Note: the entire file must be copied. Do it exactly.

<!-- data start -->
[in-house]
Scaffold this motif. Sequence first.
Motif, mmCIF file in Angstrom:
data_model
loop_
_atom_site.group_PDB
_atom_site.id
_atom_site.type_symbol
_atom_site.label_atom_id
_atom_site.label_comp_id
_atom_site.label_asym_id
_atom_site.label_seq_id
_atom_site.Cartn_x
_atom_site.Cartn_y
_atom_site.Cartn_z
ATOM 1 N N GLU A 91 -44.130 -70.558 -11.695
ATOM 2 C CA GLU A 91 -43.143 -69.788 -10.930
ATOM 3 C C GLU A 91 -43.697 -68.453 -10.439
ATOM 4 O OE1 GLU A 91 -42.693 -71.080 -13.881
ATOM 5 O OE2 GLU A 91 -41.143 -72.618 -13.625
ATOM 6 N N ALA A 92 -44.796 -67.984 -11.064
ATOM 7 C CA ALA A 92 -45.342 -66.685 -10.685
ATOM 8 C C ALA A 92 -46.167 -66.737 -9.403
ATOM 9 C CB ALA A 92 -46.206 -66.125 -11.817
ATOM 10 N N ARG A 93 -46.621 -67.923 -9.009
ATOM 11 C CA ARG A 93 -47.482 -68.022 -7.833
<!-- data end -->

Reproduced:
[in-house]
Scaffold this motif. Sequence first.
Motif, mmCIF file in Angstrom:
data_model
loop_
_atom_site.group_PDB
_atom_site.id
_atom_site.type_symbol
_atom_site.label_atom_id
_atom_site.label_comp_id
_atom_site.label_asym_id
_atom_site.label_seq_id
_atom_site.Cartn_x
_atom_site.Cartn_y
_atom_site.Cartn_z
ATOM 1 N N GLU A 91 -44.130 -70.558 -11.695
ATOM 2 C CA GLU A 91 -43.143 -69.788 -10.930
ATOM 3 C C GLU A 91 -43.697 -68.453 -10.439
ATOM 4 O OE1 GLU A 91 -42.693 -71.080 -13.881
ATOM 5 O OE2 GLU A 91 -41.143 -72.618 -13.625
ATOM 6 N N ALA A 92 -44.796 -67.984 -11.064
ATOM 7 C CA ALA A 92 -45.342 -66.685 -10.685
ATOM 8 C C ALA A 92 -46.167 -66.737 -9.403
ATOM 9 C CB ALA A 92 -46.206 -66.125 -11.817
ATOM 10 N N ARG A 93 -46.621 -67.923 -9.009
ATOM 11 C CA ARG A 93 -47.482 -68.022 -7.833